That morning we hit the road in search of the small town of Ronda northeast of Monda. Ronda is a treat for the traveler: pedestrian-friendly, historical, landmark-dense, and manageable in a day. It is situated on a spectacularly massive plateau; it was one of the last Moorish strongholds before the Christians overtook it in 1485. The older section of Ronda is to the south and a newer, more developed section (El Mercadillo) lies to the North across the bridge.
Ronda at Night
Ronda’s steep, narrow bridge, the Puente Nuevo connects old and new Monda and provides amazing vistas of the Tajo gorge. Built in the 18th century, it is still part of the main thoroughfare into town. Apparently the architect died when he chased his windblown hat off the viewing deck.
A cool parador (state-run hotel; usually restored historic landmarks) is located next to the bridge – Parador de Ronda – and it has all the modern amenities ever desired by a traveler: pool, spacious lobby, upper suites with great views, and proximity to the heart of town.
Bullfighting ring of Ronda
Ronda is also home to one of the oldest bullfighting rings, Plaza de Toros inaugurated in 1785, and the classic bullfighting style developed by the town hero Pedro Romero (we even ate rabo de toro at the Restaurante Pedro Romero, which was just so-so).
We followed the walking path offered by the Eyewitness Travel Guide and took in the Convento de Santo Domingo, the Palacio del Marqués de Salvatierra (very odd-looking naked South American Indians on the façade of an 18th century, Renaissance-style palace), Santa María la Mayor (Christian church built over a 13th century mosque – the minaret and a Muslim prayer niche are still visible), Palacio Mondragón, and Mirador El Campillo (gives an alternate view of the gorge).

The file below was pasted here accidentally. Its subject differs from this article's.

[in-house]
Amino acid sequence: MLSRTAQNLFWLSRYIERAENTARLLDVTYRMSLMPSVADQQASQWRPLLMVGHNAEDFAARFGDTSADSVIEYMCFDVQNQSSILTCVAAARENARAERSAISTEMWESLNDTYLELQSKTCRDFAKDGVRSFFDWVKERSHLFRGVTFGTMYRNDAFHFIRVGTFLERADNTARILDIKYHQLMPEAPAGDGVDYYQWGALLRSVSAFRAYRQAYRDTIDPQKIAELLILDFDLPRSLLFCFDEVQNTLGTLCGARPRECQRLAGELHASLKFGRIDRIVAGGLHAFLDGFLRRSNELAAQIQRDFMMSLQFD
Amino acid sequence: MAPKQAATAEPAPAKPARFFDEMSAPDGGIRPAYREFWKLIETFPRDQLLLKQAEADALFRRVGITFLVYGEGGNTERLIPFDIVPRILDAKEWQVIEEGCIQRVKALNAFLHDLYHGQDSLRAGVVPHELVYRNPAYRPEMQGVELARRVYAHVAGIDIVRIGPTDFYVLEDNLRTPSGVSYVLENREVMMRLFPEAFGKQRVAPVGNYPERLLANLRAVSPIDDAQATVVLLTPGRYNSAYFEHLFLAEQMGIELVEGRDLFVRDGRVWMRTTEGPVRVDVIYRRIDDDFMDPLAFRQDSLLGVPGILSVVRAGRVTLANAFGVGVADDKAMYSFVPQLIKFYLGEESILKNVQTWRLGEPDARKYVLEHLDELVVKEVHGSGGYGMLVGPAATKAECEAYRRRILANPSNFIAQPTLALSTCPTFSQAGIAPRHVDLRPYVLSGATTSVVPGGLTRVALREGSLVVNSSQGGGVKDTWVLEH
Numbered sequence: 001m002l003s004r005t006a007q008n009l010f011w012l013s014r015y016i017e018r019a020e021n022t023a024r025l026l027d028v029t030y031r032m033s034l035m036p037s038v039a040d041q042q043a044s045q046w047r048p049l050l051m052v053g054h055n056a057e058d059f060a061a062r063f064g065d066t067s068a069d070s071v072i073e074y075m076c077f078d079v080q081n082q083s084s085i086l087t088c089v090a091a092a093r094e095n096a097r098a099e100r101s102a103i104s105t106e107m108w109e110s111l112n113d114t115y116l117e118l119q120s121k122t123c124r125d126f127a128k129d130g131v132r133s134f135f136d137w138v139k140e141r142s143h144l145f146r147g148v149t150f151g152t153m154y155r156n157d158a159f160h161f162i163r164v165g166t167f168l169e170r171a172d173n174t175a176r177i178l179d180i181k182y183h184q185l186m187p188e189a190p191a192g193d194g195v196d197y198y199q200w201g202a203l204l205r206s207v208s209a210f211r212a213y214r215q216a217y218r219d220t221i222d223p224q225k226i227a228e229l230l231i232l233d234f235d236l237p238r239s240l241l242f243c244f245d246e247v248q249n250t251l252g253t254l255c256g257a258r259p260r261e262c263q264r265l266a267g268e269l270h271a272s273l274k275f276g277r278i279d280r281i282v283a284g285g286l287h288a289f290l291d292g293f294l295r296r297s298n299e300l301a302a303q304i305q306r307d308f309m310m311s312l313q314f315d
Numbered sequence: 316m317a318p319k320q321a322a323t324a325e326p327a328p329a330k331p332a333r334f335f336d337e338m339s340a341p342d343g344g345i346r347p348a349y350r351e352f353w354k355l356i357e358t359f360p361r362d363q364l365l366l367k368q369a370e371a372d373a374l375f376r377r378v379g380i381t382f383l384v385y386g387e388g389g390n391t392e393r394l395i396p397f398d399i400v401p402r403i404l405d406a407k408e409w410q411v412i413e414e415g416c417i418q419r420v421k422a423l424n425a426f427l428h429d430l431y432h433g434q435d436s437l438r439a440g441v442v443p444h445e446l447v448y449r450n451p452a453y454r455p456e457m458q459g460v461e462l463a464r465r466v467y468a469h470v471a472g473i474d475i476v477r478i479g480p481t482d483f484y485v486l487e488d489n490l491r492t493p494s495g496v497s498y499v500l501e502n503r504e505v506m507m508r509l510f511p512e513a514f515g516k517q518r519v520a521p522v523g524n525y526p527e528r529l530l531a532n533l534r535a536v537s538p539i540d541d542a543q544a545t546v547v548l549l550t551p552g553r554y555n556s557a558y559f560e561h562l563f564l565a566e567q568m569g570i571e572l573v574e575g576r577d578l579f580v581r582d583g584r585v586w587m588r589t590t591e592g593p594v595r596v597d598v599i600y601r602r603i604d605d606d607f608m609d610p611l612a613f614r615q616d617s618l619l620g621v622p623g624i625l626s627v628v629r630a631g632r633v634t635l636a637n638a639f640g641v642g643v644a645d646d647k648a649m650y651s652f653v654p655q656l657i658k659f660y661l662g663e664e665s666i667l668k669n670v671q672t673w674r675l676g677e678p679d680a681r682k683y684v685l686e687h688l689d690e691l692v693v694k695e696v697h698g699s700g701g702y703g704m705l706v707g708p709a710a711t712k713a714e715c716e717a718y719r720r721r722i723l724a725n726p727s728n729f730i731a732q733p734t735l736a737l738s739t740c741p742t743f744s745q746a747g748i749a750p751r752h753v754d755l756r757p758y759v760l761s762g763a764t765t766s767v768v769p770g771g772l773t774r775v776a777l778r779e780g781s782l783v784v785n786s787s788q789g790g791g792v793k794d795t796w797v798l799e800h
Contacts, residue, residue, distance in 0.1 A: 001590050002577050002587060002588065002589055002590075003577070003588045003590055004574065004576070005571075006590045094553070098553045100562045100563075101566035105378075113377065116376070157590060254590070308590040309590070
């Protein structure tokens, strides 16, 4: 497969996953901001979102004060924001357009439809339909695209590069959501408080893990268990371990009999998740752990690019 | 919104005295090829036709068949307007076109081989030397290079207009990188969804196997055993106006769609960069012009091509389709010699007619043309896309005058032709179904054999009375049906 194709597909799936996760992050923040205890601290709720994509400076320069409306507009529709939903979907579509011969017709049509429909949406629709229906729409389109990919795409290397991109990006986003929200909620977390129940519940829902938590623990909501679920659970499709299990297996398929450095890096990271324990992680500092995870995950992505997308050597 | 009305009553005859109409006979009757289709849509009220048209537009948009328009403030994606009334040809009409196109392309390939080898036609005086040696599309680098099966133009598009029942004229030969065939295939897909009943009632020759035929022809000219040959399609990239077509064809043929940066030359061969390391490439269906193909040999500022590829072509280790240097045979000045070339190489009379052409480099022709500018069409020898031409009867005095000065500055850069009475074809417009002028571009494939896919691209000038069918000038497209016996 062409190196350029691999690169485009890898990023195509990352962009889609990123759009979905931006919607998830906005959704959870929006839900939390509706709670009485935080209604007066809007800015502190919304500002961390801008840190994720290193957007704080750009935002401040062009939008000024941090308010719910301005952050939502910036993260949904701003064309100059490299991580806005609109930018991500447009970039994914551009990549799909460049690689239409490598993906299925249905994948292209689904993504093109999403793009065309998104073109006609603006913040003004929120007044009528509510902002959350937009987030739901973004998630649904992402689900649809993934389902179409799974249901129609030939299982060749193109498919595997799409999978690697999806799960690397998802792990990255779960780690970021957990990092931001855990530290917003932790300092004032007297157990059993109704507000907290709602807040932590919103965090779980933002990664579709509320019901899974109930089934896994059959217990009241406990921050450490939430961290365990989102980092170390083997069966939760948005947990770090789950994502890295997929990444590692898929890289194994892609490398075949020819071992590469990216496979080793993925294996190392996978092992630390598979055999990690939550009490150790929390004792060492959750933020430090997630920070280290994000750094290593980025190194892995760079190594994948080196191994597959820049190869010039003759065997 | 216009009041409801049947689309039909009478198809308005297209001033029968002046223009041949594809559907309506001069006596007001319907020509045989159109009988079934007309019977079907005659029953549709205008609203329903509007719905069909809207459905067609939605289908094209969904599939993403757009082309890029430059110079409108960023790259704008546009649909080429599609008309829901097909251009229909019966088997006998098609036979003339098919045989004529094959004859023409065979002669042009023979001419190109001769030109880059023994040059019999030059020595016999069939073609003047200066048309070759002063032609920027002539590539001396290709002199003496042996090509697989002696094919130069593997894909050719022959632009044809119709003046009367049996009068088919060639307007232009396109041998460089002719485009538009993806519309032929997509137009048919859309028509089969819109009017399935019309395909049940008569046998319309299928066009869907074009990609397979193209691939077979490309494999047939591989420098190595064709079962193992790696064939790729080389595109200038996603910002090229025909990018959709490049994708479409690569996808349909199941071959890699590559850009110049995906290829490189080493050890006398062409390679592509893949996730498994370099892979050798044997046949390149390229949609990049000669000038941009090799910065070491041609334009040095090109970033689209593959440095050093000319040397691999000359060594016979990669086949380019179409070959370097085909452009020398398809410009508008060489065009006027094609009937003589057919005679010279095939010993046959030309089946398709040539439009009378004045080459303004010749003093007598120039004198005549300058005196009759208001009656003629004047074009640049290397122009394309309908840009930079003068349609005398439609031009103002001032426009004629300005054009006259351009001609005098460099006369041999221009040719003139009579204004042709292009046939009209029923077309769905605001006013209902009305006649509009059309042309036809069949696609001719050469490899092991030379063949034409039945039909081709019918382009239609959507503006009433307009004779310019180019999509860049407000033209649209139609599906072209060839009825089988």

When the sun went down, the bridge and the town lit up. The bridge suddenly becomes a blaze of light and shadow and the expanse is even more dramatic. The town was filled with small twinkly lights in celebration of the holidays. Aside: Spaniards primarily celebrate Nochebuena (Christmas Eve) and then attend midnight mass, but kids don’t get their presents until Epiphany on January 6th when the three Kings parade around the bigger towns tossing out candy. We also found out that April Fools’ Day is December 28th although no one played any practical jokes on us. And of course, everyone celebrates Noche Vieja (New Year’s Eve).
After this frolic, we headed back to the highway on the way to Granada . . .